High Efficiency Two-Stage GaN Power Amplifier with Improved Linearity
The tradeoff between linearity and efficiency is the limiting point wideband power amplifier design. The wireless research focuses a lot its effort on building power amplifiers with these two criteria going hand in hand to build an optimal design.
This thesis investigates the various sources of nonlinearity associated with GaN HEMT transistors and their effects on the linearity metrics of power amplifiers. The investigation is based on the analysis of these sources of nonlinearity, a design based approach to mitigate them and compare to existing trends in power amplifier design. The device technology used in this design is CREE GaN HEMT transistors (45W and 6W).
In this report, a systematic approach to designing a two stage power amplifier is discussed and analyzed for design of linear and highly efficient power amplifier for base stations. The power amplifier consists of two stages, the driver stage and the power stage. The driver stage aims to linearize the power stage using circuit analysis and transistor properties along with providing the necessary gain. The power stage is built to compliment the driver stage and to achieve high efficiency of the power amplifier. The inter-stage matching network between the two stages achieves the required matching of impedances and the transmission lines in the bias feed control the harmonic impedances for optimal performance without disrupting performance at fundamental frequencies. This effectively improves and maintains high efficiency over 200MHz of bandwidth.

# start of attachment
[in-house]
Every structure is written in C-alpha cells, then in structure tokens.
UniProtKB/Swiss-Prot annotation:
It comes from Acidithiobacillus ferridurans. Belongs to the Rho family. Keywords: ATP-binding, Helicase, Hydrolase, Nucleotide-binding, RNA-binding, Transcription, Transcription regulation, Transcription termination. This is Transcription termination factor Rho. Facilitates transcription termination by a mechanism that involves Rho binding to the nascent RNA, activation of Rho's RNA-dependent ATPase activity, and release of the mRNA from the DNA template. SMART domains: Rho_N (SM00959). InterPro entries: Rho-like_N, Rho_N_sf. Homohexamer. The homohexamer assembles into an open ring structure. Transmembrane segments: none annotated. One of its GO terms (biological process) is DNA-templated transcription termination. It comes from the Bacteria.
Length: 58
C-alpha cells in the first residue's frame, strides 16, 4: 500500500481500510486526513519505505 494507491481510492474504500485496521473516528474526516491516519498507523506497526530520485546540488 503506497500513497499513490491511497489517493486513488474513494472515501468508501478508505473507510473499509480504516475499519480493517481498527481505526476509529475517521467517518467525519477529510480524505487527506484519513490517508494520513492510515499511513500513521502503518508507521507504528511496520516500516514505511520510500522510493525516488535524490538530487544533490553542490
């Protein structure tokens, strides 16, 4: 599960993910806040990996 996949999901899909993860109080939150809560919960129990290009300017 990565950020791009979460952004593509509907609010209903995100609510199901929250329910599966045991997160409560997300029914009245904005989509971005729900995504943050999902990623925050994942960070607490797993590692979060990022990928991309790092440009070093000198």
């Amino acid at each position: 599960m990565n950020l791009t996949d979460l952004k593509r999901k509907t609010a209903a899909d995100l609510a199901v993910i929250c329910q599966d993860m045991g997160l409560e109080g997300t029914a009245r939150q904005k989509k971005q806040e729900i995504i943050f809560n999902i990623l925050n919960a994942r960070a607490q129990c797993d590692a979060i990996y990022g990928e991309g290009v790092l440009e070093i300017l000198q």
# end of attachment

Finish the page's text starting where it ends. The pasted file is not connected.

The design approach is simulated and fabricated to test the feasibility of a linear power amplifier operation with the use of DPD. The fabricated prototype achieves about 70% peak efficiency over the bandwidth and maintains linearity of above 40dBc ACLR and below 3% EVM. The measurement results indicated that the need for DPD is eliminated back-off at the center frequency (800MHz). The thesis presents a detailed comparison of the prototyped design with the existing multistage designs with linear driver. The report completes with conclusions drawn from measurements and the bandwidth limitations faced through the course of the design. Lastly, the possible future work is discussed that may allow to overcome the limitations of the design.
Professor Slim Boumaiza